The product discharged through the door 13 of the pressure chamber 10 falls onto a vibrating screen unit, indicated generally at 21, having an upper screen element 22 which is approximately of a 2 inch mesh and a lower screen element 23 which is approximately of a 1/2 inch mesh. Accordingly, the materials having fine size particles and middle size particles pass through the upper screen element 22 onto the lower screen element 23 while the materials having a larger particle size are retained on the upper screen element 22 until discharged therefrom, as at 24. The materials having fine size particles pass through the lower screen 23 while the materials having middle size particles are retained on the lower screen 23 until discharged as at 26. The materials having fine size particles are discharged as at 27 after passing through the lower screen element 23. In view of the fact that vibrating screen units are well known in the art to which my invention relates, no further description thereof is deemed necessary.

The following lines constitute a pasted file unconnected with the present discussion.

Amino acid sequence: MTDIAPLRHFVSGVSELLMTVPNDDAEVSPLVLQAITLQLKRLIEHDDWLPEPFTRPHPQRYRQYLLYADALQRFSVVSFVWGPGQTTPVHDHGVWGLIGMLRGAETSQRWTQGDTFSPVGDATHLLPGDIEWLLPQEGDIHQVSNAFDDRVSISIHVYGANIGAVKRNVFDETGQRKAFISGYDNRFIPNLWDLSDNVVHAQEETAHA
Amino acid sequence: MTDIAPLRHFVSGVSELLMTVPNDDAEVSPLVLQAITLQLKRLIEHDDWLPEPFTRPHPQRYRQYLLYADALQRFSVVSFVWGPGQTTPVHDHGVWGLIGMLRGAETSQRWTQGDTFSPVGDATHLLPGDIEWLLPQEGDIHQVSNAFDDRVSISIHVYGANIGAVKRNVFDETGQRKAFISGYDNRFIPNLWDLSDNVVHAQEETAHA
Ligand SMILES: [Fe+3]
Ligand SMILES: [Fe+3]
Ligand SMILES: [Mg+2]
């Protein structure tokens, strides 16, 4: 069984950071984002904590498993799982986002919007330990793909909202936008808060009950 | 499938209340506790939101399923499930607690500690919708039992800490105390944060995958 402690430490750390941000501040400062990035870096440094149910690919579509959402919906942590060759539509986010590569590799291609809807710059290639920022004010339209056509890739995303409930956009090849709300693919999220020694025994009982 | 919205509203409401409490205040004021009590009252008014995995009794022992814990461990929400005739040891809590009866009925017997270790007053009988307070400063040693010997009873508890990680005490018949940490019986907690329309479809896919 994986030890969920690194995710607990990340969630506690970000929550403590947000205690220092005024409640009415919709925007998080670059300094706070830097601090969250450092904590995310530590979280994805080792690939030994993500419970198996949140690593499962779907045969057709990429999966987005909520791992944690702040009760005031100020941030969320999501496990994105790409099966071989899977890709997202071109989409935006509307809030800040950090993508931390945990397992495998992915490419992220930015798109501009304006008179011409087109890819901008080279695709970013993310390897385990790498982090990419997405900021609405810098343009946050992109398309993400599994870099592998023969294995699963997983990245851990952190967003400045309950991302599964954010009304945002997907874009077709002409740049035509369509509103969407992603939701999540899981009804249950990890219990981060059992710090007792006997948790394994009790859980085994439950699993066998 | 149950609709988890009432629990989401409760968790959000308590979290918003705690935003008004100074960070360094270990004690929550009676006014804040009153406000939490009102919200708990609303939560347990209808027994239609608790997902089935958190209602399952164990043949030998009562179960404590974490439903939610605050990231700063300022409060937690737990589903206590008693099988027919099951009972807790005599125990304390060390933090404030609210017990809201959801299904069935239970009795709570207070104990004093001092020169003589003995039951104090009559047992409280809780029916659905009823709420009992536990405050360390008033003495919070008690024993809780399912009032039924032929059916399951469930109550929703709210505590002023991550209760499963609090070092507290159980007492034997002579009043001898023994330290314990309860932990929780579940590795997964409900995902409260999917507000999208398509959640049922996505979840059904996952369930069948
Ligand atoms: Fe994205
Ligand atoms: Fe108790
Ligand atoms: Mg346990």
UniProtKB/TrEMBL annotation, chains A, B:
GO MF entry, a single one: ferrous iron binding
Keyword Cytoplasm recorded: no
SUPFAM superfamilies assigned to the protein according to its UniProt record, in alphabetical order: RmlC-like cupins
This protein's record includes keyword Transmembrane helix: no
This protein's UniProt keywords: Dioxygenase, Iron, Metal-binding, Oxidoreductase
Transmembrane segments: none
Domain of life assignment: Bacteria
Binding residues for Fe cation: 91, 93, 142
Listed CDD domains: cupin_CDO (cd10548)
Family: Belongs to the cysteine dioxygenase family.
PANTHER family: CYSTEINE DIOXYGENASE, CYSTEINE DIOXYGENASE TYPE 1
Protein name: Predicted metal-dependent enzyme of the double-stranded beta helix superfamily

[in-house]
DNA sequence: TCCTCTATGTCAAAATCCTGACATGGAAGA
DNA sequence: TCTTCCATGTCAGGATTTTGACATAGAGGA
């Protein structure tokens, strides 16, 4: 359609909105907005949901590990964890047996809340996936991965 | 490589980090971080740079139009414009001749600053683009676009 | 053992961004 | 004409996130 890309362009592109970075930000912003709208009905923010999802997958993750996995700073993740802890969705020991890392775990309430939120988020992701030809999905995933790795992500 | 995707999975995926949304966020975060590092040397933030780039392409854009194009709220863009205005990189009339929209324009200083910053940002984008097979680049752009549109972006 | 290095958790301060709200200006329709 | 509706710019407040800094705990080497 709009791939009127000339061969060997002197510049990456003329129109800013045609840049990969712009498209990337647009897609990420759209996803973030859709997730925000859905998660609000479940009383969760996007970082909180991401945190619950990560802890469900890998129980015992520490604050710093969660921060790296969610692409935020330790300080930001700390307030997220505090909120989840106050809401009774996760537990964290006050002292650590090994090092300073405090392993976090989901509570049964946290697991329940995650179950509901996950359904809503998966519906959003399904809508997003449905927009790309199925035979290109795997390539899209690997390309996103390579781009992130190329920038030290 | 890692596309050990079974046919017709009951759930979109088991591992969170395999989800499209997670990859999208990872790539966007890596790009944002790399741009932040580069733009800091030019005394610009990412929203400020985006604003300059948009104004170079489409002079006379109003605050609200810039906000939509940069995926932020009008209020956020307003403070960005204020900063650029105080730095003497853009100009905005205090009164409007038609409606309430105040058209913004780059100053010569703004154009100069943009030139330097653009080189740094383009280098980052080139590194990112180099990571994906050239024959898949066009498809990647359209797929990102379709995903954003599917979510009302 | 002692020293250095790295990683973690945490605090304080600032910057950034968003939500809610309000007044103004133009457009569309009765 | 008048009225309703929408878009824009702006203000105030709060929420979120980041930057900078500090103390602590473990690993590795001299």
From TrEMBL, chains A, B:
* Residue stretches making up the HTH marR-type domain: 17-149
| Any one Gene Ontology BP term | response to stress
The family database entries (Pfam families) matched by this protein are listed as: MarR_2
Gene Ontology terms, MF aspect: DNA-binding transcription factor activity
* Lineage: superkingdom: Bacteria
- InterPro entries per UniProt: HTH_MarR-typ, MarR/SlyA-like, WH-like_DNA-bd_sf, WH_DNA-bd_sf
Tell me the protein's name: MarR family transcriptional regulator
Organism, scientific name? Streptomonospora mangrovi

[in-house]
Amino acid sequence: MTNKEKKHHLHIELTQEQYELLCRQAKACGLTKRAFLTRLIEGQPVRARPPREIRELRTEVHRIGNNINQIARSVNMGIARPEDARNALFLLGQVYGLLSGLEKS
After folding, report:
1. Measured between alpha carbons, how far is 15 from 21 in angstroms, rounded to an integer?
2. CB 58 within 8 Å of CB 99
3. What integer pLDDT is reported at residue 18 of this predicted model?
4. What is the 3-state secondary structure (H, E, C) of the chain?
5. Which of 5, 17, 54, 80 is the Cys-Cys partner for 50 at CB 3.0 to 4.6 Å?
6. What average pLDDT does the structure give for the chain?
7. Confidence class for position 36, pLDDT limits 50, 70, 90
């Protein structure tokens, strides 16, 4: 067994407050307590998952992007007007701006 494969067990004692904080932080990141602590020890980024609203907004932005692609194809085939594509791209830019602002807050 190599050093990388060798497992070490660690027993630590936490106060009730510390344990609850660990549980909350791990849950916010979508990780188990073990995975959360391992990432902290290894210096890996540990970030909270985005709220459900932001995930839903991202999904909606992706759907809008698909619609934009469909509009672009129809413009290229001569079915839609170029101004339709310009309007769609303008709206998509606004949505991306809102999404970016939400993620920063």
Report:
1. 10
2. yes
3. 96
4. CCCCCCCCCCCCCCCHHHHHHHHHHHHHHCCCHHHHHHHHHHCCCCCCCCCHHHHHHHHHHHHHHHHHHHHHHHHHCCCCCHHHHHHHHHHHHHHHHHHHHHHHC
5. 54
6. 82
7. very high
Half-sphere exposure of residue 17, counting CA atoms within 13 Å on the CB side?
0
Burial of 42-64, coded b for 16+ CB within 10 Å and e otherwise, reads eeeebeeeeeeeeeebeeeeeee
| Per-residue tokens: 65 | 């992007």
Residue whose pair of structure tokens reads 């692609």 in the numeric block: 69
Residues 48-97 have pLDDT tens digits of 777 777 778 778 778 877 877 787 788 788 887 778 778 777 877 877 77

In order for the vibrating screens 22 and 23 to separate and classify the municipal solid waste effectively, the internal environment of the pressure vessel must be controlled accurately. In addition to the parameters relating to heating the pressure vessel under a pressure ranging from approximately 40 psig to 75 psig for a period ranging from approximately 30 minutes to 90 minutes to cook and sterlize the waste material and soften the organic matter contained therein, there is an additional parameter which is critical and which must be controlled accurately to assure proper separation and classification of the various fractions of the municipal solid waste material. That is, it is essential that the moisture content of the waste material cooked in the pressure chamber be controlled so that the fines of the organic fractions thereof have a residual moisture content ranging from approximately 60% to 70%. In actual practice, I have found that it is preferable that the residual moisture content of the fines of the organic fraction of the processed product be approximately 65%. It is very essential that the moisture content of the waste material cooked in the pressure chamber 10 be controlled accurately to produce fines of the organic fraction which have a residual moisture content as set forth above in order for the various fractions of the cooked waste material to be separated from each other. In actual practice I have found that where the moisture content of the fines of the organic fraction have a residual moisture content above or below that set forth hereinabove, the various fractions of the processed product discharged onto the vibrating screen unit 21 cannot be economically separated and classified.